Regardless, these are not fatal problems and the box office success of 'Sex and the City' itself remains a cause for celebration. For here we have a movie that tackles a subject practically taboo in Hollywood cinema -- complex career women over forty with real sex lives! -- and treats it with humor, warmth, insight and drama. That King was able to so successfully continue the storylines of the TV series, as well as create a self-contained narrative that has a finite, satisfying resolution, is some kind of minor miracle. It's unfortunate that 'Sex and the City' will continue to be bagged with the tag "chick flick," as it is far more intelligent and unique than most films its ilk. So don't put off if you think the movie isn't for you, because 'Sex and the City' explores the human truths of modern relationships regardless of gender, and has a great time doing it.
'Sex and the City' is presented in 1.85:1 widescreen and 1080p/VC-1 video. It looks terrific -- this is literally a fashion show in high-def.
I remember being impressed with how bright and bouncy 'Sex and the City' looked in the theater, and it looks even better at home. Colors are sensational -- bold, vibrant, and clean, with excellent fleshtones. Blacks are always rock solid, and contrast if a little too bright, still gives the image great depth and punch. Detail is uniformly excellent, with the finest textures -- from the clothes to the hair -- easily discernible. The source, too, is as impeccable as you would imagine for a new release. The transfer is also razor sharp but free of edge enhancement, and aside from very small bits of noise on some static backgrounds I found no artifacts to report. 'Sex and the City' looks great.
New Line provides Dolby TrueHD 5.1 Surround (48kHz/24-bit) and standard Dolby Digital 5.1 Surround (640kbps) tracks for 'Sex and the City', both in English. The TrueHD is about the strongest mix likely for a film like this, as it is lively and fun if not exactly gangbusters.
Surround use is fairly active throughout, and supports the romantic comedy action appropriately. There are some pronounced discrete effects during outdoor scenes, and during a couple of visits to various nightclubs where the use of music is nicely done. The appealing Mexico location also enjoys some pleasant, sustained atmosphere. Score bleed is also well-matched to the material. Tech specs are well up to the snuff, with dynamic range polished nd expansive, with surprisingly strong low bass that makes its presence known when needed (especially with the score and music). Dialogue is the real star of the show, though, and always sounds terrific. There are no balance issues, and this mix never sounds less than slick. For a romantic comedy mix, 'Sex and the City' should offer no complaints.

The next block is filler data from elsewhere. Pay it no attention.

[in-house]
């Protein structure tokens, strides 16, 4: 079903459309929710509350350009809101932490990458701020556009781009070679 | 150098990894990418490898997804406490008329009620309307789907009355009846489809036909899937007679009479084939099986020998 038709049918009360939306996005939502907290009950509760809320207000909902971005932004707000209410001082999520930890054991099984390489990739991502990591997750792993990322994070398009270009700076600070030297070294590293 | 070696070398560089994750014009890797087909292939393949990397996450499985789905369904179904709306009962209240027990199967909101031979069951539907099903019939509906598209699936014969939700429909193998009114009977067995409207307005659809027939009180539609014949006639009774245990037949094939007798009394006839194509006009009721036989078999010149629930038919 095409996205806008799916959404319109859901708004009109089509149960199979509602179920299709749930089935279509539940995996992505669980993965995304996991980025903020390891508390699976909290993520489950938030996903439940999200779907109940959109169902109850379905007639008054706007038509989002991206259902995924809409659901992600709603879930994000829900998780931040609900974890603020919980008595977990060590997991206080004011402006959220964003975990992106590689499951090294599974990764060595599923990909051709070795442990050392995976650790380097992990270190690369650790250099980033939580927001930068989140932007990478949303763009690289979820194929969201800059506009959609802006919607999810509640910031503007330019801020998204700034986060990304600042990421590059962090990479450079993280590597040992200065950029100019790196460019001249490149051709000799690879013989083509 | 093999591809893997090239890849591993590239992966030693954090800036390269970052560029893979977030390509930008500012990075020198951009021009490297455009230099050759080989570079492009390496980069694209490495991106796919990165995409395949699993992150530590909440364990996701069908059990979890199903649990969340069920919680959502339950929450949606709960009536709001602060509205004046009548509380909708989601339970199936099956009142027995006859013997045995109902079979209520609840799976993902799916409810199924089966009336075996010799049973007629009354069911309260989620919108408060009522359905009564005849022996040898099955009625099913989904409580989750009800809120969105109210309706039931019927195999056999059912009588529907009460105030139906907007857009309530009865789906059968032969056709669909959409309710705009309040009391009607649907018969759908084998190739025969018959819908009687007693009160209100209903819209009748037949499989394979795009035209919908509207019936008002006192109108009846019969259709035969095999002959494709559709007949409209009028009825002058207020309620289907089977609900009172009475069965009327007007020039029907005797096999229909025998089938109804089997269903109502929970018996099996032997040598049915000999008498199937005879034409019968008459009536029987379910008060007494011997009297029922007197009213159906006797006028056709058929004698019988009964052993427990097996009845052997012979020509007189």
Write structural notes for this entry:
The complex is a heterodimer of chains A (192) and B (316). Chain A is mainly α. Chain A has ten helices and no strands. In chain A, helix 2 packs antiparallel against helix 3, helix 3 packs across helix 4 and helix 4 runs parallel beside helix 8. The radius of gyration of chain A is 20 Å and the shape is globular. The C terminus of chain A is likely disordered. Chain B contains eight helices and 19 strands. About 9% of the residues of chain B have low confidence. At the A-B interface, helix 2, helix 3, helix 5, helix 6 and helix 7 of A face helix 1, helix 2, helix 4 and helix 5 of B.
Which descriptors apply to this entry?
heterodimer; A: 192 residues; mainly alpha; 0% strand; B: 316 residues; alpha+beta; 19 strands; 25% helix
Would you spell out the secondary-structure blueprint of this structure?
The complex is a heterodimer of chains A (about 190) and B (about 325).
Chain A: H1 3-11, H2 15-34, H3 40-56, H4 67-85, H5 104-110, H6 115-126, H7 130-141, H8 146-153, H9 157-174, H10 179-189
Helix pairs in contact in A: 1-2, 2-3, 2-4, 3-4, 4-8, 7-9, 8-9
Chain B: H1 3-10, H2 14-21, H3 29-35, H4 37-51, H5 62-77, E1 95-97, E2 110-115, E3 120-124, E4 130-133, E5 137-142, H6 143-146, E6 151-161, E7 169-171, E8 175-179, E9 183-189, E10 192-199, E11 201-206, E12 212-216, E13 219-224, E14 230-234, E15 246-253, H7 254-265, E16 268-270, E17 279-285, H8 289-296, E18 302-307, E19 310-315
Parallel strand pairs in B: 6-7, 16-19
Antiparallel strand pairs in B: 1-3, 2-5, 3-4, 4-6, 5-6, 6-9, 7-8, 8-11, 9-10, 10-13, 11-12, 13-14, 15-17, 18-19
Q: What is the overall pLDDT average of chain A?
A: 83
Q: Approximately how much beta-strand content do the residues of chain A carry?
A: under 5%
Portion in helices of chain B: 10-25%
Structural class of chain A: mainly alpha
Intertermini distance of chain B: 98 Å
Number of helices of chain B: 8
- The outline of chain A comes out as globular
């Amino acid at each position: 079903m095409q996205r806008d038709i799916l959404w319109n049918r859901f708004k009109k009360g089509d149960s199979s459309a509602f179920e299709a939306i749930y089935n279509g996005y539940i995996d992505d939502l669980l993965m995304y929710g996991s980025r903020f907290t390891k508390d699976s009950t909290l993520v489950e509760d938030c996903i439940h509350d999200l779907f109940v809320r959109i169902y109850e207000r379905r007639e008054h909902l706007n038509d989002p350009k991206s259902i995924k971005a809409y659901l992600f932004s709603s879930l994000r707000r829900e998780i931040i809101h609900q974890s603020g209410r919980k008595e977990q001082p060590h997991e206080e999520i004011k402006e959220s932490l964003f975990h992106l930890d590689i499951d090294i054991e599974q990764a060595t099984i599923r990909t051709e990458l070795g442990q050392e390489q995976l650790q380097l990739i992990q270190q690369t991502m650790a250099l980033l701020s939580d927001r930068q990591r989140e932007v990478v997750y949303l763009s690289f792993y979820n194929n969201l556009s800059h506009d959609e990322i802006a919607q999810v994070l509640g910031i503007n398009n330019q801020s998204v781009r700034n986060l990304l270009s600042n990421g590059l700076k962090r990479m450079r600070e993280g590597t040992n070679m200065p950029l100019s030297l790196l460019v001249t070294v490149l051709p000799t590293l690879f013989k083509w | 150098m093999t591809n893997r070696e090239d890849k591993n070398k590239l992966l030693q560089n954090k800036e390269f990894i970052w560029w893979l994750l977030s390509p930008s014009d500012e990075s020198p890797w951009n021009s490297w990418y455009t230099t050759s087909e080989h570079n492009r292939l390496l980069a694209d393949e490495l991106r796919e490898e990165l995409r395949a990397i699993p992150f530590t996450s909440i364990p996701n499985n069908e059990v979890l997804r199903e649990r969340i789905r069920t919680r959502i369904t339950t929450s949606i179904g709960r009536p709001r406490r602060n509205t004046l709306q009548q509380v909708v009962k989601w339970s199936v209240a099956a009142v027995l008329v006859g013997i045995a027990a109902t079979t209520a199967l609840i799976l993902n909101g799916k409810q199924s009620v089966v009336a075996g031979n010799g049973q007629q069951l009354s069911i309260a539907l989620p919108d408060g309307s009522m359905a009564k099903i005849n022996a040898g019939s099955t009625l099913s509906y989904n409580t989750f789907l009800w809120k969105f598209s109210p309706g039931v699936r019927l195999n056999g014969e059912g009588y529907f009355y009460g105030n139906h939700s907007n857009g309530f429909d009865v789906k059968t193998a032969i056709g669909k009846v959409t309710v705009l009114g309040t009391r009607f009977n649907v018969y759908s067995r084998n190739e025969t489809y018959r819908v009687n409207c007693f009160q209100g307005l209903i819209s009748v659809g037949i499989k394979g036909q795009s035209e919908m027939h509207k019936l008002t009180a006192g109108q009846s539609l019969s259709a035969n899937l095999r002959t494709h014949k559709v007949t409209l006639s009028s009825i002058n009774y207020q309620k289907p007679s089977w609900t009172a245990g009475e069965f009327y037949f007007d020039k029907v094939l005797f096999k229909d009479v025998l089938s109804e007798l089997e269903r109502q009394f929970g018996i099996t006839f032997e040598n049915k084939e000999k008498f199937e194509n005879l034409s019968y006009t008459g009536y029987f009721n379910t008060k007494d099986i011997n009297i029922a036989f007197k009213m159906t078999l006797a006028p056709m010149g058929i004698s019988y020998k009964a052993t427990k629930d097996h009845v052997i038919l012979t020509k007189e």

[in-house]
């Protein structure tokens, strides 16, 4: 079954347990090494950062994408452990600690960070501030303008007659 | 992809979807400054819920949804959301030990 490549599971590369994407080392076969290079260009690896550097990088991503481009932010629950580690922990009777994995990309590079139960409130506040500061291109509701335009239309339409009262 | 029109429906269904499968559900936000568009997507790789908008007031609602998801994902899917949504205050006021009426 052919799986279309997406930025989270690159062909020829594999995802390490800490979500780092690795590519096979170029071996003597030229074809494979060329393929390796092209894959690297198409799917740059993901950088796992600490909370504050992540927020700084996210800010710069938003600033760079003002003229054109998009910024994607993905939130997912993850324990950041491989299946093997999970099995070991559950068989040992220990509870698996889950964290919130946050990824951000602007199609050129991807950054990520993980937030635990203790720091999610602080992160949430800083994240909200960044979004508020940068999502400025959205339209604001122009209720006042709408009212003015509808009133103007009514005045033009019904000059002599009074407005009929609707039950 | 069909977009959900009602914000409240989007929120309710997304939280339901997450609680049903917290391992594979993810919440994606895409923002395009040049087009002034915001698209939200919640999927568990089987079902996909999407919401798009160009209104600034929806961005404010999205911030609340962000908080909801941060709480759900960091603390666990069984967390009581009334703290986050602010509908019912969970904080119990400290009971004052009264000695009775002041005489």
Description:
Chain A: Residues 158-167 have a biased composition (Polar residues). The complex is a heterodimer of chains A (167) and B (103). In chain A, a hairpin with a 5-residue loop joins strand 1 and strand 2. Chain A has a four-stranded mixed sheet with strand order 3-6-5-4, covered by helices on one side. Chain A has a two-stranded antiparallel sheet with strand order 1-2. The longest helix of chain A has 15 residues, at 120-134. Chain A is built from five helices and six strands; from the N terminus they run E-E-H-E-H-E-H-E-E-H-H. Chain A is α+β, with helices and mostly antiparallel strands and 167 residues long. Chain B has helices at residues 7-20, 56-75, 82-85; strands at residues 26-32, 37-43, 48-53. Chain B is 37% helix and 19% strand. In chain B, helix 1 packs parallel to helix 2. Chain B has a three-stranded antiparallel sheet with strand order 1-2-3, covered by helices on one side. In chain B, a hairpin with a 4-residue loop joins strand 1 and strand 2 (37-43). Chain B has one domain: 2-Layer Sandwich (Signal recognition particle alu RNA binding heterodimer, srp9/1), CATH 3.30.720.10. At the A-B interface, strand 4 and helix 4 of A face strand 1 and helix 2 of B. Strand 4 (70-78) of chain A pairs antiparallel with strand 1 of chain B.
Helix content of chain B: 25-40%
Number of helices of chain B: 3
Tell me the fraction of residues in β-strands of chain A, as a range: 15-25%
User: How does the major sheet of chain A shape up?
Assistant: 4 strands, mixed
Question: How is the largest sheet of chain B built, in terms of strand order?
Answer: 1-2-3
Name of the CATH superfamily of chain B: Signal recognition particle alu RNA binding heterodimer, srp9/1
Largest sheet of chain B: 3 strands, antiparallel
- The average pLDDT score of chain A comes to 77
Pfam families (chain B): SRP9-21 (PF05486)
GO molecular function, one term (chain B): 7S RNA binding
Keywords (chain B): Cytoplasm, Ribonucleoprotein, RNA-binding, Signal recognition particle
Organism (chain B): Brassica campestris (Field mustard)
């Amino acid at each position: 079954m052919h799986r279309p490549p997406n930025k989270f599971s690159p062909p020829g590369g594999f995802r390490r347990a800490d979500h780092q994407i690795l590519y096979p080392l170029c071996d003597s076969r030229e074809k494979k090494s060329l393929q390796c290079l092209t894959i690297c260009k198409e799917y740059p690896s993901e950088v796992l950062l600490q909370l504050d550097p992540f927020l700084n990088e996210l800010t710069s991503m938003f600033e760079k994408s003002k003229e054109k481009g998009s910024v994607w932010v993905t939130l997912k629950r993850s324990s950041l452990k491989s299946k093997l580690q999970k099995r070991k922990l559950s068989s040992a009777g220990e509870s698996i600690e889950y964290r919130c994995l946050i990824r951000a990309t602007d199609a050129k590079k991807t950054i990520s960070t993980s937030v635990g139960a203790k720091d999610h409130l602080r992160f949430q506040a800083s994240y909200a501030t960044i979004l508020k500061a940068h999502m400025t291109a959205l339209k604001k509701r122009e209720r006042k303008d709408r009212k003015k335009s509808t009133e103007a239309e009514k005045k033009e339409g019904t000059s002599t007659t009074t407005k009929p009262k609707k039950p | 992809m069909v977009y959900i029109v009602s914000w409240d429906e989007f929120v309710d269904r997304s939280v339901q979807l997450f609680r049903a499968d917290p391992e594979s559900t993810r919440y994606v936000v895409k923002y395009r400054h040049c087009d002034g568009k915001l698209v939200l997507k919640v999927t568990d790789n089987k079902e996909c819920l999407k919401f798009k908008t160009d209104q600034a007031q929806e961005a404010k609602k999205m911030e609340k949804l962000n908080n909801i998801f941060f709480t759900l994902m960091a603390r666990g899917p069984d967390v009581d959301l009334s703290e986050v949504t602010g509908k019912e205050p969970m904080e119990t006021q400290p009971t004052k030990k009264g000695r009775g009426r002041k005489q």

New Line has produced an adequate if far from expansive set of extras for 'Sex and the City.' (Given the film's handsome box office, I will be surprised if we don't see a double dip somewhere down the line.) All video materials are presented in 1080i/VC-1 video, with optional English and Spanish subtitles.
'Sex and the City' is a real surprise, offering a glimpse into the psyches of that rarity of modern Hollywood cinema -- women over 40 who actually have sex! Having never seen the show before seeing the movie, I easily slid right into the material and was entertained throughout by this wonderfully insightful and real romantic comedy. This Blu-ray is likewise very strong, with great video and audio, and solid (if not exceptional) supplements. 'Sex and the City' is well recommended, even to those unfamiliar with the original series.